The fear of the Lord is a multifaceted concept. Rather than trying to narrow down the definition to one concept, this study defines the concept in terms of four broad vantage points: first, the fear of the Lord as an emotional experience with the living God; second, the fear of the Lord as an objective truth which can be taught to people; third, the fear of the Lord as a motive for behavior; and finally, the fear of the Lord in relation to the love of God. The study was motivated by a realization that it was rarely specified as a motive in Christian decision-making or Christian behavior among the congregation. To address this problem and pastorally respond to it, this study makes use of the discipline of biblical theology, tracing the theme of the fear of the Lord and its development from Genesis to Revelation (chapter 2). Four main concepts pertinent to understanding the fear of the Lord are then examined from the perspective of systematic theology (chapter 3), in order to define the meaning and purpose of the fear of the Lord from both a biblical and systematic perceptive [sic]. In order to help the congregation understand and live in the fear of the Lord, an assessment of what the congregation currently believes about the fear of the Lord is also needed. Chapter 4 presents the results of field research undertaken to assess these belief’s utilizing ‘Q methodology,’ a research technique that allows the researcher to conduct a qualitative study using quantitative methods. Chapter 5 concludes with a summary of the results of this study and offers reflections on how to move forward in light of those results, as well as a discussion of ways in which the field research might be improved.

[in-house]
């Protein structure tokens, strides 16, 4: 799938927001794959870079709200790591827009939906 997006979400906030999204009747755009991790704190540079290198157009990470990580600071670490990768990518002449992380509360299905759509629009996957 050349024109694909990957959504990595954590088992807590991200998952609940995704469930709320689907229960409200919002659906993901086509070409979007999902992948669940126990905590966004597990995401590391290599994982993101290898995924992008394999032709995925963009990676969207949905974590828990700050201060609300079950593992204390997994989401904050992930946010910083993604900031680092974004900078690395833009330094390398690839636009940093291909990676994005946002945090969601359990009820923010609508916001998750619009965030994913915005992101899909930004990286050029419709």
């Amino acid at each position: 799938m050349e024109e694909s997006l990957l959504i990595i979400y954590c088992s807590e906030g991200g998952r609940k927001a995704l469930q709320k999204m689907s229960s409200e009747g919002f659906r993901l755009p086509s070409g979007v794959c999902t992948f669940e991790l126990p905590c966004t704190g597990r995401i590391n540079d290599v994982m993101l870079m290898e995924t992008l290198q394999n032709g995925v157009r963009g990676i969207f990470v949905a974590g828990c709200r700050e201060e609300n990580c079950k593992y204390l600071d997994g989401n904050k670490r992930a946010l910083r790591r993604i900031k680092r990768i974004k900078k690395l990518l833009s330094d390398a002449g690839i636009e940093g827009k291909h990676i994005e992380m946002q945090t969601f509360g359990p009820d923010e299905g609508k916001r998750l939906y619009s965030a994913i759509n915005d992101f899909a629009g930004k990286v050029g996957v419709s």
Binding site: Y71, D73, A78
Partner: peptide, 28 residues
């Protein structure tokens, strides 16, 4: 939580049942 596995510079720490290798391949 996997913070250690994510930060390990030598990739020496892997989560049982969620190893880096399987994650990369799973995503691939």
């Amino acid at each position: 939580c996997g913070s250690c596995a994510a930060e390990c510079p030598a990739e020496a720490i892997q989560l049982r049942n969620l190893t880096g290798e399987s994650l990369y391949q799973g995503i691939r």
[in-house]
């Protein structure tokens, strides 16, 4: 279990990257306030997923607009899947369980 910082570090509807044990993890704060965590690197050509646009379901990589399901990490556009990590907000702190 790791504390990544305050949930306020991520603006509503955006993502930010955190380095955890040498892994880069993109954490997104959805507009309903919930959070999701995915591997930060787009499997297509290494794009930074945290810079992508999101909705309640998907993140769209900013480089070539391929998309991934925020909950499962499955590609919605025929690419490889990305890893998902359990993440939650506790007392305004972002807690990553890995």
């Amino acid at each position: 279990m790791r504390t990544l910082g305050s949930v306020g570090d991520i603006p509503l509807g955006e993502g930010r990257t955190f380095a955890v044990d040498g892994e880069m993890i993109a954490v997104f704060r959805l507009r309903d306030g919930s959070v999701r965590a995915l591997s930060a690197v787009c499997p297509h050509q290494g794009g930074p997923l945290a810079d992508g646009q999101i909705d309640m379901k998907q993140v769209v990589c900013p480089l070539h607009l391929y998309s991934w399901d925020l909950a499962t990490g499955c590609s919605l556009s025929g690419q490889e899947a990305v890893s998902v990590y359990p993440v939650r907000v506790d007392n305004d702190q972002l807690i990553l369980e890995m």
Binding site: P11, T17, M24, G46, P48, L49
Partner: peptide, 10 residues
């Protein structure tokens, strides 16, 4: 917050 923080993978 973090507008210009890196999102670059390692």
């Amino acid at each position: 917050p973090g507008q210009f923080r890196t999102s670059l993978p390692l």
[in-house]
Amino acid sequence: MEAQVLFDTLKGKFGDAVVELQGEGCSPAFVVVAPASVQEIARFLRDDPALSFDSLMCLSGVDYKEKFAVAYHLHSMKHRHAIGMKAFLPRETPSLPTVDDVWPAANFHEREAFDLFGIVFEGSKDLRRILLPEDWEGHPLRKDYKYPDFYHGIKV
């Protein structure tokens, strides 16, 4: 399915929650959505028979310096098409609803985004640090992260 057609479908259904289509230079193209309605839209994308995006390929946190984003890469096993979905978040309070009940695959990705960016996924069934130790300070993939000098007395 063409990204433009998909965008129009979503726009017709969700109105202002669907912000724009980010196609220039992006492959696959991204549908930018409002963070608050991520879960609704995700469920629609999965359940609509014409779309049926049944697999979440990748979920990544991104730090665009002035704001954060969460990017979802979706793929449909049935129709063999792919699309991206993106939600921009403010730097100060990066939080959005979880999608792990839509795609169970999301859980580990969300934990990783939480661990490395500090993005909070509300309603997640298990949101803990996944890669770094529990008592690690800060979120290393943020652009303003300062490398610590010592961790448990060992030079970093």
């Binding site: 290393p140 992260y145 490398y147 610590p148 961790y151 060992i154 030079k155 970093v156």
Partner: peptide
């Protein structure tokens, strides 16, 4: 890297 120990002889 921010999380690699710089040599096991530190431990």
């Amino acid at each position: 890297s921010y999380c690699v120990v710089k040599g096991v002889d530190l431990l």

Authority of Scripture in Today's PC(USA)

Peter David Jones D.Min.
For this project, a small group of dedicated adults studied the Authority of Scripture using historical, theological, confessional, and experiential methods seeking to better understand scriptural interpretation and application to daily life. Of specific interest, the group ended with a case study of scriptural approaches to the topic of homosexuality, seeking to understand how biblical interpretation affects daily life.

Below is an excerpt from the project report: